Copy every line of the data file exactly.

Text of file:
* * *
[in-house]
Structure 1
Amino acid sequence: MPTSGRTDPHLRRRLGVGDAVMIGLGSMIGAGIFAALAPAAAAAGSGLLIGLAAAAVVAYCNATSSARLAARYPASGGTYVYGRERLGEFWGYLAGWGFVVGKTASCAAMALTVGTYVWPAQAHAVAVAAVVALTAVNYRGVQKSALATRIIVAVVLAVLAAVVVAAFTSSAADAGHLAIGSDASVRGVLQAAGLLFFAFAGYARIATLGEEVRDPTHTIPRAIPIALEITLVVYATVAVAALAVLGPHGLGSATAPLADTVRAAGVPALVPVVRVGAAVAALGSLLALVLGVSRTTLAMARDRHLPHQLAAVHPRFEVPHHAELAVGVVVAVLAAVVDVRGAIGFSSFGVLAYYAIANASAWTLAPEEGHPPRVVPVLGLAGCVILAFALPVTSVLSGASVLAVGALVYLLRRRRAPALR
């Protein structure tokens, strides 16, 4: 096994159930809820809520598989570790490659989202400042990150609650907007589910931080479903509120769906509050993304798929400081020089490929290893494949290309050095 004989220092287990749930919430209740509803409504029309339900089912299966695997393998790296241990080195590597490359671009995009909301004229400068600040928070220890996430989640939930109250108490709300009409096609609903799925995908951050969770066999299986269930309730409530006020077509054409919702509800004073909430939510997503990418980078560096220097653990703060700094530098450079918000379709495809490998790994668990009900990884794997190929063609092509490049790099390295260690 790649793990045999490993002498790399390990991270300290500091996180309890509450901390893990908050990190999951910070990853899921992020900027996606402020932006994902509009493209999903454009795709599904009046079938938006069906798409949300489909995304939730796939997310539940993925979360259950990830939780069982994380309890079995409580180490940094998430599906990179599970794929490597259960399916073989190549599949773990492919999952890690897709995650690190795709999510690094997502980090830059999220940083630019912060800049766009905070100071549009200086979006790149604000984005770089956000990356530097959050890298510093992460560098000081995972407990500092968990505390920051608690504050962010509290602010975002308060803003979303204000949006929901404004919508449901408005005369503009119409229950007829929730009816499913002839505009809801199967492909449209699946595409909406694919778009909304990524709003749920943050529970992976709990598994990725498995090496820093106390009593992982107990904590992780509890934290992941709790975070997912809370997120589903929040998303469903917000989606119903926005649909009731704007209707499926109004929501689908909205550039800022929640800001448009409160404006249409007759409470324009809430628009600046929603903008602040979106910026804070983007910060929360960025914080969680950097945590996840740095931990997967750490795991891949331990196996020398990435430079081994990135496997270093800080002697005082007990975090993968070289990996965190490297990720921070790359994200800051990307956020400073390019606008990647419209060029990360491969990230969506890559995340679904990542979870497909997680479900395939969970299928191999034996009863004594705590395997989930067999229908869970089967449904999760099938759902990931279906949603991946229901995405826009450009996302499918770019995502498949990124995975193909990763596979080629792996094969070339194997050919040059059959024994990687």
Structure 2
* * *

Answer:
[in-house]
Structure 1
Amino acid sequence: MPTSGRTDPHLRRRLGVGDAVMIGLGSMIGAGIFAALAPAAAAAGSGLLIGLAAAAVVAYCNATSSARLAARYPASGGTYVYGRERLGEFWGYLAGWGFVVGKTASCAAMALTVGTYVWPAQAHAVAVAAVVALTAVNYRGVQKSALATRIIVAVVLAVLAAVVVAAFTSSAADAGHLAIGSDASVRGVLQAAGLLFFAFAGYARIATLGEEVRDPTHTIPRAIPIALEITLVVYATVAVAALAVLGPHGLGSATAPLADTVRAAGVPALVPVVRVGAAVAALGSLLALVLGVSRTTLAMARDRHLPHQLAAVHPRFEVPHHAELAVGVVVAVLAAVVDVRGAIGFSSFGVLAYYAIANASAWTLAPEEGHPPRVVPVLGLAGCVILAFALPVTSVLSGASVLAVGALVYLLRRRRAPALR
């Protein structure tokens, strides 16, 4: 096994159930809820809520598989570790490659989202400042990150609650907007589910931080479903509120769906509050993304798929400081020089490929290893494949290309050095 004989220092287990749930919430209740509803409504029309339900089912299966695997393998790296241990080195590597490359671009995009909301004229400068600040928070220890996430989640939930109250108490709300009409096609609903799925995908951050969770066999299986269930309730409530006020077509054409919702509800004073909430939510997503990418980078560096220097653990703060700094530098450079918000379709495809490998790994668990009900990884794997190929063609092509490049790099390295260690 790649793990045999490993002498790399390990991270300290500091996180309890509450901390893990908050990190999951910070990853899921992020900027996606402020932006994902509009493209999903454009795709599904009046079938938006069906798409949300489909995304939730796939997310539940993925979360259950990830939780069982994380309890079995409580180490940094998430599906990179599970794929490597259960399916073989190549599949773990492919999952890690897709995650690190795709999510690094997502980090830059999220940083630019912060800049766009905070100071549009200086979006790149604000984005770089956000990356530097959050890298510093992460560098000081995972407990500092968990505390920051608690504050962010509290602010975002308060803003979303204000949006929901404004919508449901408005005369503009119409229950007829929730009816499913002839505009809801199967492909449209699946595409909406694919778009909304990524709003749920943050529970992976709990598994990725498995090496820093106390009593992982107990904590992780509890934290992941709790975070997912809370997120589903929040998303469903917000989606119903926005649909009731704007209707499926109004929501689908909205550039800022929640800001448009409160404006249409007759409470324009809430628009600046929603903008602040979106910026804070983007910060929360960025914080969680950097945590996840740095931990997967750490795991891949331990196996020398990435430079081994990135496997270093800080002697005082007990975090993968070289990996965190490297990720921070790359994200800051990307956020400073390019606008990647419209060029990360491969990230969506890559995340679904990542979870497909997680479900395939969970299928191999034996009863004594705590395997989930067999229908869970089967449904999760099938759902990931279906949603991946229901995405826009450009996302499918770019995502498949990124995975193909990763596979080629792996094969070339194997050919040059059959024994990687």
Structure 2